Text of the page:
It is a prolonged process in which tissue destruction and
inflammation occurs at the same time.
> 48 hours (weeks, months, years)
Mononuclear cells (Macrophages, Lymphocytes, Plasma cells)
Can be caused by 1 of the following 3 ways:
1. Chronic inflammation following acute inflammation
2. Recurrent attacks of acute inflammation
3. Chronic inflammation starting de novo
FEATURES OF CHRONIC INFLAMMATION
Infiltration with mononuclear
cells – macrophages,
lymphocytes & plasma cells
Healing by Proliferation &
connective tissue replacement of
Persistent macrophage accumulationby
following mechanisms :
1. )Recruitment from circulation–
Chemotactic stimuli include:
b) Platelet derived growthfactor
c) Transforming growthfactor
2.) Local proliferation of macrophage
3.) Immobilization of macrophages
Resulting in the formation of granulation tissue
REACTIONS OF PULP TO BACTERIAL INVASION
ᶲ Vascular changes take place
inside blood vessels.
ᶲ PMNLs reach the area of
ANATOMICAL FEATURES OF PULP THAT TEND TO
ALTER THE RESPONSE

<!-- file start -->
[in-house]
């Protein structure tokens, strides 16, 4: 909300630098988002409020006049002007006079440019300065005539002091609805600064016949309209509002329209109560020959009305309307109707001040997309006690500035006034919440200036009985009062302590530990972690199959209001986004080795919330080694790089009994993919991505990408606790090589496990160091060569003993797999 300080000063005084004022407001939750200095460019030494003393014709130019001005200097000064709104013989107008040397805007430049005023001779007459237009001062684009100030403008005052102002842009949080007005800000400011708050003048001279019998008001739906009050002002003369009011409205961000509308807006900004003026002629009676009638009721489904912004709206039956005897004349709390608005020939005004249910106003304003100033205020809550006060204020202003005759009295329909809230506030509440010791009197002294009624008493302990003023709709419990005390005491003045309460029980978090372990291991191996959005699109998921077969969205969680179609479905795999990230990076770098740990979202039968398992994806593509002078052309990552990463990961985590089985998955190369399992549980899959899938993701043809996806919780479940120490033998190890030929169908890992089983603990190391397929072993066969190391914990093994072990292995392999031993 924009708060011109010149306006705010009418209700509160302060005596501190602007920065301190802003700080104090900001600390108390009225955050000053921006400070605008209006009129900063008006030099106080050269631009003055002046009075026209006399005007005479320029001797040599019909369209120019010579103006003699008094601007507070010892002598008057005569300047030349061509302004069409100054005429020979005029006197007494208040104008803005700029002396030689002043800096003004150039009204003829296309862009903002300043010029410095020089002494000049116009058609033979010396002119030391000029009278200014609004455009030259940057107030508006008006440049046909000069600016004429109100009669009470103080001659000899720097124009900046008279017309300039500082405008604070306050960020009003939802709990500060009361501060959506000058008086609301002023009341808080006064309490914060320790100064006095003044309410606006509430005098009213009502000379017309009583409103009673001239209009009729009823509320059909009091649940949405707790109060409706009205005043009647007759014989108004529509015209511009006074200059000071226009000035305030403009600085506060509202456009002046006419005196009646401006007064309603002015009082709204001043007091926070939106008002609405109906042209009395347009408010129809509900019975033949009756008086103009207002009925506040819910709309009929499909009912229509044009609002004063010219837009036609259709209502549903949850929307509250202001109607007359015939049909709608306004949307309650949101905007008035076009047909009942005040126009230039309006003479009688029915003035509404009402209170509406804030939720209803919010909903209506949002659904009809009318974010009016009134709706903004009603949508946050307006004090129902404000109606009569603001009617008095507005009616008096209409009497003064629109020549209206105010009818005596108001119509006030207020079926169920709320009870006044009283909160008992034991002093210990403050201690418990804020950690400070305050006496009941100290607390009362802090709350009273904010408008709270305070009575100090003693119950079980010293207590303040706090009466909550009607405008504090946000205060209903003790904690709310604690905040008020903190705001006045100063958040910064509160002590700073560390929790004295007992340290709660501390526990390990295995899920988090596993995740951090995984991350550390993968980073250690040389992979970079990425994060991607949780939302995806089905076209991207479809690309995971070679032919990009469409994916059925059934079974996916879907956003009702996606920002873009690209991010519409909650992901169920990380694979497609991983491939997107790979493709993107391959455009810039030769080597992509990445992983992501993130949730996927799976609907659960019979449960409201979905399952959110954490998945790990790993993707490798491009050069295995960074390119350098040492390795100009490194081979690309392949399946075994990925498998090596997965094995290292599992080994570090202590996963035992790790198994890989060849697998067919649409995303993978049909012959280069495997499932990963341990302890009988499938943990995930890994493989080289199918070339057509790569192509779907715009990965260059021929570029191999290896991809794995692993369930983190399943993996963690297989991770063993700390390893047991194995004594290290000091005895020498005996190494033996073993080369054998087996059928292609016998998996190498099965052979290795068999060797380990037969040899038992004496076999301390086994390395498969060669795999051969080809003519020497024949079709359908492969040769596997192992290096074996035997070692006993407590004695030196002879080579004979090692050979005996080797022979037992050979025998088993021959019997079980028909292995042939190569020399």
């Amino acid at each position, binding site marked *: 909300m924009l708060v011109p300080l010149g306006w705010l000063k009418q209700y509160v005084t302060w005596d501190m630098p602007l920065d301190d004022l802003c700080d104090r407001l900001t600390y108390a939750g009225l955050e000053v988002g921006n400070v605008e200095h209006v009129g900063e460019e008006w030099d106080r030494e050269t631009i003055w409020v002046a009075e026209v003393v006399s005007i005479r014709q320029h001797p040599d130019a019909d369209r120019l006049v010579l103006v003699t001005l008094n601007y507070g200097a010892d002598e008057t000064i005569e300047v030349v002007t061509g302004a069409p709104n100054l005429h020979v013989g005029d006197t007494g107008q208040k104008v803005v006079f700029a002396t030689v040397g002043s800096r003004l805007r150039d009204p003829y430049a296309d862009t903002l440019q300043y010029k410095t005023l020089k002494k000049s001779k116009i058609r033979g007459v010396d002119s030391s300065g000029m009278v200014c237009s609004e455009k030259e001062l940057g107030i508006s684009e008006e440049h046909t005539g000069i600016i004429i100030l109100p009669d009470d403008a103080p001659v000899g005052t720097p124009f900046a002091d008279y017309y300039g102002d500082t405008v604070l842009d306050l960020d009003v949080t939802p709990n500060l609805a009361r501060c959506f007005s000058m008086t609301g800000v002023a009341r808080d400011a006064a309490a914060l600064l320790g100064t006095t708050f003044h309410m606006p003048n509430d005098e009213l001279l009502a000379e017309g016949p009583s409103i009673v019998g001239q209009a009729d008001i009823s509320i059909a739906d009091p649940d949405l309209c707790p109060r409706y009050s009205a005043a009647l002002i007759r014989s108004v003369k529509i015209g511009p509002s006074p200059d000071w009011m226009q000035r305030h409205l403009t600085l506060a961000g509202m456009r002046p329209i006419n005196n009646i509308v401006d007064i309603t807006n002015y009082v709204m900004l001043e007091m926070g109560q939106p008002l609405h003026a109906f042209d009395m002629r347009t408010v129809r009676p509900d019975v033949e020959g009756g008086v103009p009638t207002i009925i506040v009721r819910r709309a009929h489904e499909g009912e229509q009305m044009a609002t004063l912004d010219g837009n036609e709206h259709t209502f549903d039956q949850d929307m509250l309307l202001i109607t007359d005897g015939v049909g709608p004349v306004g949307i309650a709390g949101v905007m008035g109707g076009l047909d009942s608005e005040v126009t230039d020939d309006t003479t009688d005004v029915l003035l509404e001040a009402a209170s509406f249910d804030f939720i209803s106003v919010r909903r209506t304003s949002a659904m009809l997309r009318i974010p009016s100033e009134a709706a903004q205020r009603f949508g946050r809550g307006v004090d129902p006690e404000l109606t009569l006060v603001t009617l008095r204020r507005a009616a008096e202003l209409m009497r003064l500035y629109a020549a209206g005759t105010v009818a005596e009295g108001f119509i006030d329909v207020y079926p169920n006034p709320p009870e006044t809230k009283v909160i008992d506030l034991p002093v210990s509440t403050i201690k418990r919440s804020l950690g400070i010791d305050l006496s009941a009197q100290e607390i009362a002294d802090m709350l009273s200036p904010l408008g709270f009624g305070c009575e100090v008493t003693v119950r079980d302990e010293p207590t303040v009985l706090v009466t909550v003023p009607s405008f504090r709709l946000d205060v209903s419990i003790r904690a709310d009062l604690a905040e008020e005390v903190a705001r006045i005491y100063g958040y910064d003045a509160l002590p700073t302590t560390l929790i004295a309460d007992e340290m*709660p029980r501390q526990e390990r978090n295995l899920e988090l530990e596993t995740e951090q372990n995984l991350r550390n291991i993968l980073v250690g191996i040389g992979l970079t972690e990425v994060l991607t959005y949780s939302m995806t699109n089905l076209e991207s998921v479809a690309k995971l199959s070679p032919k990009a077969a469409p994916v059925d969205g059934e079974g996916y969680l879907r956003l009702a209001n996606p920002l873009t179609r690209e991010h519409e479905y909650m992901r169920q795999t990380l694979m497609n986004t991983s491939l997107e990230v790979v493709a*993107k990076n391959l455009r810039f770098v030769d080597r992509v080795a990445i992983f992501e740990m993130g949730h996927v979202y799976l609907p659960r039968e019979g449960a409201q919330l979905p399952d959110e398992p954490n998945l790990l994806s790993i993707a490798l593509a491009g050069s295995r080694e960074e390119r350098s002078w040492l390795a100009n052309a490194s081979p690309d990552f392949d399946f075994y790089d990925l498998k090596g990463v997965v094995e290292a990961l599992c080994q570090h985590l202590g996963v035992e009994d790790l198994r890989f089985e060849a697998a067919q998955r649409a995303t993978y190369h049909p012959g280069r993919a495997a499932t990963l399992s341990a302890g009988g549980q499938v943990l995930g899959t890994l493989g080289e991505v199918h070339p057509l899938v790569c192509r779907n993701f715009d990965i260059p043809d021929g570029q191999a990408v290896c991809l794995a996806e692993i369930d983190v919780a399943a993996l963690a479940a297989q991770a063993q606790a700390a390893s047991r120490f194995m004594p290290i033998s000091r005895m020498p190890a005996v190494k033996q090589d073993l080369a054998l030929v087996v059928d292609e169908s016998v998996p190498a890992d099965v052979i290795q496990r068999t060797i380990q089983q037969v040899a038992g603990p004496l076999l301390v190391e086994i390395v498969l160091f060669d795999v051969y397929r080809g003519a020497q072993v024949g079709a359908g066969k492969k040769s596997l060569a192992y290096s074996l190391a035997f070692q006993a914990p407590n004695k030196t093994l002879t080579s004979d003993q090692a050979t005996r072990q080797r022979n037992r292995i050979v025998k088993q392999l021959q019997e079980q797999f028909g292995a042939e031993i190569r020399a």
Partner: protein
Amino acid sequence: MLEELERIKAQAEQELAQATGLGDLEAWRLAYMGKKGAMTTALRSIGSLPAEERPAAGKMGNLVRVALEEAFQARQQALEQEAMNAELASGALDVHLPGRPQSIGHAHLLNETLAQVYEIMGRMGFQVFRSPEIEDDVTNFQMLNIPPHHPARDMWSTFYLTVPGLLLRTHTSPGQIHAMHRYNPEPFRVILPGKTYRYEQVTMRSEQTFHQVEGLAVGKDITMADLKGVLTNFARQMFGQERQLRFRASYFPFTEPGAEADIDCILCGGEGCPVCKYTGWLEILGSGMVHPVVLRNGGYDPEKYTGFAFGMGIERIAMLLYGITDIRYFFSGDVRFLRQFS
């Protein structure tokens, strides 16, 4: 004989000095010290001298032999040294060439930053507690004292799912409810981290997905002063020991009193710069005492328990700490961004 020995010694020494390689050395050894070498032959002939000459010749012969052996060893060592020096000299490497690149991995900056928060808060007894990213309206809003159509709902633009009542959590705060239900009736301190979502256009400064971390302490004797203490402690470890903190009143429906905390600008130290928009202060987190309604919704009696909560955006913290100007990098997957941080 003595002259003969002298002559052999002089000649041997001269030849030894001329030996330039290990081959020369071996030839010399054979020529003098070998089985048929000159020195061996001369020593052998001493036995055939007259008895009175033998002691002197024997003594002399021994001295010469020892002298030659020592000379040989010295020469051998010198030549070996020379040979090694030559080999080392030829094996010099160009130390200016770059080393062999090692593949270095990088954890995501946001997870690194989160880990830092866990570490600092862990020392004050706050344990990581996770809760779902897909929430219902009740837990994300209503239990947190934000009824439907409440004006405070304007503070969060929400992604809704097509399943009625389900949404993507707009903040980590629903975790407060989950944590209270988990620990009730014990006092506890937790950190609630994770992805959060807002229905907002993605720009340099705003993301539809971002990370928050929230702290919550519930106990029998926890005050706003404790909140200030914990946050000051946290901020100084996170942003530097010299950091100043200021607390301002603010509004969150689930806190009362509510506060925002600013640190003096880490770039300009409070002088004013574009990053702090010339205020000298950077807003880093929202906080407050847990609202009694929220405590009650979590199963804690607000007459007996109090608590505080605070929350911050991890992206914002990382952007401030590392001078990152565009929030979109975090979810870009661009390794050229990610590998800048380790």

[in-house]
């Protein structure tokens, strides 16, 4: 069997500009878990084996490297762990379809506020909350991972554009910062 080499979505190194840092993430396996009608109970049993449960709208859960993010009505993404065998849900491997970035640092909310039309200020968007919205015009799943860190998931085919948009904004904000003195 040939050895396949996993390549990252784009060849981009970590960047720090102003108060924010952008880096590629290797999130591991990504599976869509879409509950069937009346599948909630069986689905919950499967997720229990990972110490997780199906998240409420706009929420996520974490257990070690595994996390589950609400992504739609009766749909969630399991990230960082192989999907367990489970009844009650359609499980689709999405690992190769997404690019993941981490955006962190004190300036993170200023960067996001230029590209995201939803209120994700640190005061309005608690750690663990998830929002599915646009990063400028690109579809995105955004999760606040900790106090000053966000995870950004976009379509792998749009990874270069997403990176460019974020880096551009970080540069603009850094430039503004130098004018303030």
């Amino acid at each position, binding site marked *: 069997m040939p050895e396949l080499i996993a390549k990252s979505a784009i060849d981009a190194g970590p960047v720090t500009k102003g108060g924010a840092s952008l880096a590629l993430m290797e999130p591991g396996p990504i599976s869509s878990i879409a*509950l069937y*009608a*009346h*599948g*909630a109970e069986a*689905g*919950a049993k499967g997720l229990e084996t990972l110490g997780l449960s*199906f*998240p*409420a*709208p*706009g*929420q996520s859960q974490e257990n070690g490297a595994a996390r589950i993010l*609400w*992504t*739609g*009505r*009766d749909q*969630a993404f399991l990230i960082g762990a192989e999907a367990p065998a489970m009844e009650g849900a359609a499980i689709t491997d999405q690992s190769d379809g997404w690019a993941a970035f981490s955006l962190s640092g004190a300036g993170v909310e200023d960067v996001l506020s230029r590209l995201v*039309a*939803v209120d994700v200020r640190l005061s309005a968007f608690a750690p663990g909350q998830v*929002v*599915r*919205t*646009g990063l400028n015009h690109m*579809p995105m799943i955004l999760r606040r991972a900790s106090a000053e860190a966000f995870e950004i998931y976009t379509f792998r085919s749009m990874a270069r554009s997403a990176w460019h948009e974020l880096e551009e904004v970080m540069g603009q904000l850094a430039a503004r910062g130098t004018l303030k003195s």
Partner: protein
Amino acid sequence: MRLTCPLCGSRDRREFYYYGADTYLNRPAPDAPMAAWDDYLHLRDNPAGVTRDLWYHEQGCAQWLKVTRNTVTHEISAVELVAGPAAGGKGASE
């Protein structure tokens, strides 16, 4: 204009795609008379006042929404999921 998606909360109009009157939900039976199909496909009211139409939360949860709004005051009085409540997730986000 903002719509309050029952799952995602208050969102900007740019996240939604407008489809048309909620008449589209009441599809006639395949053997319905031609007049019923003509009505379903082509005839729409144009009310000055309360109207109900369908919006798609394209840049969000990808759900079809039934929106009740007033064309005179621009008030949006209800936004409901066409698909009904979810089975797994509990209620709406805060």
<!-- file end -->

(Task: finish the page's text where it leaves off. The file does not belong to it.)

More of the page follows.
Enclosure of pulp in rigid calcified walls - PREVENTS EXCESSIVE
SWELLING.. Thus more painful.
Pressure leads to decrease Blood supply and Ischaemia – does not get
corrected since collateral circulation cannot develop through tiny apical59
HISTOLOGIC FEATURES OF PULPITIS
PREDOMINATE - chiefly
plasma cells &
Fibroblastic activity is
collagen fibres seen in
• Continued vascular
• Accumulation of oedemal
fluid in connective tissue
• Pavementing of PMNLs
along endothelial wall
• Inflammation of periodontal ligament around root apex..
Changes localised around root
apex…..since richly vascular.
Vascular changes , infiltration of
PMNLs , and exudate
Resorption of bone –
1) Robbin’s & Cotron Pathological basis of diseases
2) Essential pathology for dental students - Harsh mohan
3) Text book of oral pathology - Shafers